Once the other pair had returned to the bottom of the ecosanctuary, Paku and Quammen were released, and finding there was no threat to their territory any more, they began building a nest. When Paku laid her eggs, the Takahe Recovery rangers came to exchange them for fertile ones, but found one of the couple’s eggs showed signs of development! Whether the unexpected appearance of the other pair, or success in raising Kotahi in the previous summer "jumpstarted" Paku and Quammen’s hormones and led to this miracle, is anyone’s guess.

Because the "miracle egg" was behind in development compared to the foster eggs, it could not be left in the same nest. Paku and Quammen would not have been able to keep hatching it to term with two chicks demanding attention. Maybe Marokopa and Mohio could incubate it? But they were thought to be too inexperienced as first-time parents, so eventually the egg was taken to Te Anau, to Punanga Manu o Te Anau, Te Anau Bird Sanctuary. There the "miracle egg" was given to veteran foster parents Kawa and Tumbles to incubate. They happily obliged, and  the chick did indeed hatch.

Under these foster parents’ care, the chick has thrived, and finally got its ID-bands, and a name: Ehara, a word expressing wonderful amazement. That describes everyone’s reaction to the "miracle egg" that finally gave our Paku and Quammen their first biological chick together. Although not living at Orokonui, Ehara is considered part of our Orokonui whanau too.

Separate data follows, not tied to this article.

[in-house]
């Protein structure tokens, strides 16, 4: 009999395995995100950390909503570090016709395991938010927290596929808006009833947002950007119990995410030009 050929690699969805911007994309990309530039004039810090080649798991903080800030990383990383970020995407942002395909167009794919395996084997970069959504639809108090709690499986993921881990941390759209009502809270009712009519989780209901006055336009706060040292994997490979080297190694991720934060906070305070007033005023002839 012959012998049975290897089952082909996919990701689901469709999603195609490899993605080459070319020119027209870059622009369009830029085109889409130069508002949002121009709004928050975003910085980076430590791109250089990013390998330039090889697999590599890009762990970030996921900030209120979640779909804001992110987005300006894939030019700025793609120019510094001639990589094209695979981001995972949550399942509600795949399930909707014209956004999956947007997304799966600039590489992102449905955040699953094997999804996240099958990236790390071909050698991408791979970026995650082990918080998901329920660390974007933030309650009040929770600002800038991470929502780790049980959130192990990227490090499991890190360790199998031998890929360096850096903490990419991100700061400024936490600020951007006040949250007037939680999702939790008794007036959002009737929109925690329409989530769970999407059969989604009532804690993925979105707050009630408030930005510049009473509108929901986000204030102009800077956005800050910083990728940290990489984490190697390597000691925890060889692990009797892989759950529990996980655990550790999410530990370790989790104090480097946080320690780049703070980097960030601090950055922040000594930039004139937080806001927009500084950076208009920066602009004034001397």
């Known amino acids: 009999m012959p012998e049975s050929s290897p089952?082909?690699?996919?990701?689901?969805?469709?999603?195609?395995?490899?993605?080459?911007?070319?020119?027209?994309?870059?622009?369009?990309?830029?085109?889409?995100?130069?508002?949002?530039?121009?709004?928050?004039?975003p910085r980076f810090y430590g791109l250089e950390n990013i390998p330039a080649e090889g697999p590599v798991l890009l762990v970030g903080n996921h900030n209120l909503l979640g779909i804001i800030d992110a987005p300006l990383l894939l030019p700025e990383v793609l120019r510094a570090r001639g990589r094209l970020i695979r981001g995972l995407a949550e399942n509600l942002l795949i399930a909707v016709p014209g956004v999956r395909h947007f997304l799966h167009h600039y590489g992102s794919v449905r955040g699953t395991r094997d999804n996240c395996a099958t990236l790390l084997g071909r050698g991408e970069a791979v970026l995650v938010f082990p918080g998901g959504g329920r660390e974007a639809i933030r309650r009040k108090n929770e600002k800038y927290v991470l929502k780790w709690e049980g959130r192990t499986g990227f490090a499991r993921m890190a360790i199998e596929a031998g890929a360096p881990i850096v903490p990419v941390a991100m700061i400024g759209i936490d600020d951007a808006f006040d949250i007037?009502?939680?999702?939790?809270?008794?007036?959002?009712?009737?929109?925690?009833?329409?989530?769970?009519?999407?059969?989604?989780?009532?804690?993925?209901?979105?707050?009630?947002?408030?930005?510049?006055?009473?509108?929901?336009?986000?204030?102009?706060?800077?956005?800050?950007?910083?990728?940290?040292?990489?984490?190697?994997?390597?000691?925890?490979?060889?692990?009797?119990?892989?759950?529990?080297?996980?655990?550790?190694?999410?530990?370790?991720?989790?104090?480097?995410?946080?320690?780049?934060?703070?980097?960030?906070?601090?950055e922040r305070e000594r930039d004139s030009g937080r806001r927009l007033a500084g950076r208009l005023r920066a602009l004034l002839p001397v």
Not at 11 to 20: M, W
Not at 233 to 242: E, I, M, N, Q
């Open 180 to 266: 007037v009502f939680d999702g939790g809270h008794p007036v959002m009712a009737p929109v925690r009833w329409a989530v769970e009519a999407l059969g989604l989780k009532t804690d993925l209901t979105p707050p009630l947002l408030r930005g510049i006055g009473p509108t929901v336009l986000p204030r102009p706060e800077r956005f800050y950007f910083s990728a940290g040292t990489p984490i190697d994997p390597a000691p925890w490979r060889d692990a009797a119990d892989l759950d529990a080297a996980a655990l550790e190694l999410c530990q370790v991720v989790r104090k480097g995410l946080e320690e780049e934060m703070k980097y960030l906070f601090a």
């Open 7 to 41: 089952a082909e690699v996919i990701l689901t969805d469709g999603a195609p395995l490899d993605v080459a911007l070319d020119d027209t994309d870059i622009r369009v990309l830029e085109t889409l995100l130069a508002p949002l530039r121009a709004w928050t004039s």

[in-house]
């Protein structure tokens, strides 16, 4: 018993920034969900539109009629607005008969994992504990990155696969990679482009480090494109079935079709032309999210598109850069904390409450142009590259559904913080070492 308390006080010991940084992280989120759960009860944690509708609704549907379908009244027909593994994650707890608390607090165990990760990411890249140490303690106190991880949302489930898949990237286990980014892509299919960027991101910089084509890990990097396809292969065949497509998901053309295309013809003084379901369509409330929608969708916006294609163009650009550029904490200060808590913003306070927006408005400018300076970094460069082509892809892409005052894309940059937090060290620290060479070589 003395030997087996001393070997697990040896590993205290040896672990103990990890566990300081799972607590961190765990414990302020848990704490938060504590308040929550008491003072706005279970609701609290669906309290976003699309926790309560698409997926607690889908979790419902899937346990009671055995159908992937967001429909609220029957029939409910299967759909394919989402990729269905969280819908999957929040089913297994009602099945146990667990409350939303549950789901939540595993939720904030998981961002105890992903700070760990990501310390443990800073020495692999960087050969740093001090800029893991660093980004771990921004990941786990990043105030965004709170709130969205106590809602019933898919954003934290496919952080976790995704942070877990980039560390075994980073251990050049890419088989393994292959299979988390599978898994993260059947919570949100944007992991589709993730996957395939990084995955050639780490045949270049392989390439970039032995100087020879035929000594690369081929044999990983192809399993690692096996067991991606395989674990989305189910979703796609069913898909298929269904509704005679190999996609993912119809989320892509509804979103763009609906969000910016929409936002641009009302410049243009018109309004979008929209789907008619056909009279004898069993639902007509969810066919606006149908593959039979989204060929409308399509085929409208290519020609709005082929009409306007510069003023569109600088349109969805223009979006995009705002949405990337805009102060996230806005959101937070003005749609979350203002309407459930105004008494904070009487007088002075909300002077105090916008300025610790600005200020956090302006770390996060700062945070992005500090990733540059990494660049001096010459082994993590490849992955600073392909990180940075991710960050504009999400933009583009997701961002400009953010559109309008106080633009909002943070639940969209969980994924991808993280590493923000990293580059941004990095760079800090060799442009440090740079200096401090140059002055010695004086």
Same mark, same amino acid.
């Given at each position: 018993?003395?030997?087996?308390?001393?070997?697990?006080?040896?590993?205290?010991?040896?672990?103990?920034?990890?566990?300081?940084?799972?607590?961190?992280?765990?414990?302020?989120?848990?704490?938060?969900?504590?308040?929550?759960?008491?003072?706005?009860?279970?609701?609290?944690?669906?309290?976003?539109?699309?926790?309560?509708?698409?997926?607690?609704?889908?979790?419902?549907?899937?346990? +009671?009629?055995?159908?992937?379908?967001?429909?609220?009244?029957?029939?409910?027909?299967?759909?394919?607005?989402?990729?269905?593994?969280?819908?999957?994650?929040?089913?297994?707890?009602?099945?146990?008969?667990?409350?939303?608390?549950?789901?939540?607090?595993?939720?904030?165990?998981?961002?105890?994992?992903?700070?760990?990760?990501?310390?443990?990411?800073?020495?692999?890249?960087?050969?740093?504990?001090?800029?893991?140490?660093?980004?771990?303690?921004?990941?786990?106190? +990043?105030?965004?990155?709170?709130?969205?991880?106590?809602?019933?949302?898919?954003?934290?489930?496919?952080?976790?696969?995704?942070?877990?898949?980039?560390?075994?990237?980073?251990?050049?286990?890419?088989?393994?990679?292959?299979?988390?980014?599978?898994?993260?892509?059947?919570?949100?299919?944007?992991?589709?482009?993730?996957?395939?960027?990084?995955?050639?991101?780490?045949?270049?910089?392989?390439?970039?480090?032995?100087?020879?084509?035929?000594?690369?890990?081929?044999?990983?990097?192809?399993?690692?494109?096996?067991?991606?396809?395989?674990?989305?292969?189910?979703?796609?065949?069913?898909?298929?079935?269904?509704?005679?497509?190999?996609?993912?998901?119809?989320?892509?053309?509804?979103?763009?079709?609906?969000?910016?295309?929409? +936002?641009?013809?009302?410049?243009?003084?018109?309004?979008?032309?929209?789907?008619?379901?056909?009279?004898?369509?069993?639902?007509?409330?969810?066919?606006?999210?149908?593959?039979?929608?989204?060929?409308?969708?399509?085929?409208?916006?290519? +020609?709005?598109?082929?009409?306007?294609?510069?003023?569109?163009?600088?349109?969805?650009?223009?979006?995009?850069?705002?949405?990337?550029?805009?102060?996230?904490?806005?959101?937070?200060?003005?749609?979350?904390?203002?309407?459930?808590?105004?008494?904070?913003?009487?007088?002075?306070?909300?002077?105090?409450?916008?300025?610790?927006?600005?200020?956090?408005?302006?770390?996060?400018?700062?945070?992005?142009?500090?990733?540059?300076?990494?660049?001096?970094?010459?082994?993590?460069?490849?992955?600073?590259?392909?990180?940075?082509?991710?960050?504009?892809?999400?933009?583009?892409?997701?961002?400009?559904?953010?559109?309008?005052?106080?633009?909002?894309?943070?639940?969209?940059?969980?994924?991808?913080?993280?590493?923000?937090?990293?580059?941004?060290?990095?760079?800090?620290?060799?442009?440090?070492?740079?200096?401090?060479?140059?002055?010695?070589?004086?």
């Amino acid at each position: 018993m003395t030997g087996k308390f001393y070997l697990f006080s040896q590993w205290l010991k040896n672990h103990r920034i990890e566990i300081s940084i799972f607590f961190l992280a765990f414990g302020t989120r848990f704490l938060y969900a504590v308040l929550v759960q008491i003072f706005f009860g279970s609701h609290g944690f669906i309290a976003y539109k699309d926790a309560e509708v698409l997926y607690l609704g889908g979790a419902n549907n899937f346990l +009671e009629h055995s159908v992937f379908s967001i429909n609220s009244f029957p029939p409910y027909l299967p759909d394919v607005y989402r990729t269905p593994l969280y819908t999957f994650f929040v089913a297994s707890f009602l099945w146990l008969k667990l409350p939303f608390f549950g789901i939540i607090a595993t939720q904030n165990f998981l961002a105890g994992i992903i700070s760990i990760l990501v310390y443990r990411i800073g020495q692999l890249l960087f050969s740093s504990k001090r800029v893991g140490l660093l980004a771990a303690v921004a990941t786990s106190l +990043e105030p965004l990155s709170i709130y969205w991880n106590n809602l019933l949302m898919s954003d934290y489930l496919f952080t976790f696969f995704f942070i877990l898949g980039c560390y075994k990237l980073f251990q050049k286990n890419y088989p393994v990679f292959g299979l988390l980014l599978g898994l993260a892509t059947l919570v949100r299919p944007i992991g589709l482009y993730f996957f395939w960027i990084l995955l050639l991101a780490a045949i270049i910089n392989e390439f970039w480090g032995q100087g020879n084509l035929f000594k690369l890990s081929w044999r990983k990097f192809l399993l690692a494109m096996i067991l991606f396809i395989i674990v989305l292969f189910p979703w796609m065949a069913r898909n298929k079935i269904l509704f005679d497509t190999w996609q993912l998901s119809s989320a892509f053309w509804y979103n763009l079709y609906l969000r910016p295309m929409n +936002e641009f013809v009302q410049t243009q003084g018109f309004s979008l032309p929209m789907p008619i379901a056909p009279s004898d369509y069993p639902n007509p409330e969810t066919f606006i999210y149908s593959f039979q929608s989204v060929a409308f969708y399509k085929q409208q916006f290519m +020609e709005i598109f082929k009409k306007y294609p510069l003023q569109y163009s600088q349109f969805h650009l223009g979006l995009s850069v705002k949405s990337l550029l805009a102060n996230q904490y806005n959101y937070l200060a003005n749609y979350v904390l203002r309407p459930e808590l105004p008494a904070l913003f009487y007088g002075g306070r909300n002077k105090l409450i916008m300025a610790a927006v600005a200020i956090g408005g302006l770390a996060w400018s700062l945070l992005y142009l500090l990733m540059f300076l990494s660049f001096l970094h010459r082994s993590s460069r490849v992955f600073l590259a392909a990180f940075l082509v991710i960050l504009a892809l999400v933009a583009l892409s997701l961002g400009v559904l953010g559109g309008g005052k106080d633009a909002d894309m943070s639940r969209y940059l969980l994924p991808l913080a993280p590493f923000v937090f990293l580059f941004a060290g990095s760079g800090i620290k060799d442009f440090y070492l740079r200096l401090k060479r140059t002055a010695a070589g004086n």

Meanwhile, the foster eggs Paku was incubating both hatched successfully. The tiny black balls of fluff were tended constantly by their now experienced foster parents, each parent feeding a chick apiece non-stop. From early on, the chick most often following Quammen seemed bolder, while the one following Paku seemed a bit shyer. But both did as their foster parents told them, quickly hiding in bushes if one of the parents boomed a warning of someone approaching, or strolling with them if they didn’t mind humans being near ...  usually when food was involved. Paku and Quammen were very protective of the chicks, and once a volunteer reported seeing Paku strutting on the grass, clearly trying to threaten a harrier circling high above them, thinking it might be a threat to her babies. When the chicks were caught for their ID-banding  vaccinations in March, Quammen almost attacked the rangers holding them. Their parenting instincts are definitely strong.

At the ID-banding event a naming ceremony was also performed: the chicks were named Wheko, or "chirping of birds", and Tumanako, or "hope", "wish". Female Tumanako weighed in at 2.4kg, while Wheko, a boy, weighed in at an impressive 2.8kg Due to more female chicks hatching recently, a male chick is good news for recovery efforts.

- Eeva-Katri Kumpala is a postgraduate student of pharmacy at the University of Otago, and a passionate fan of the ecosanctuary project.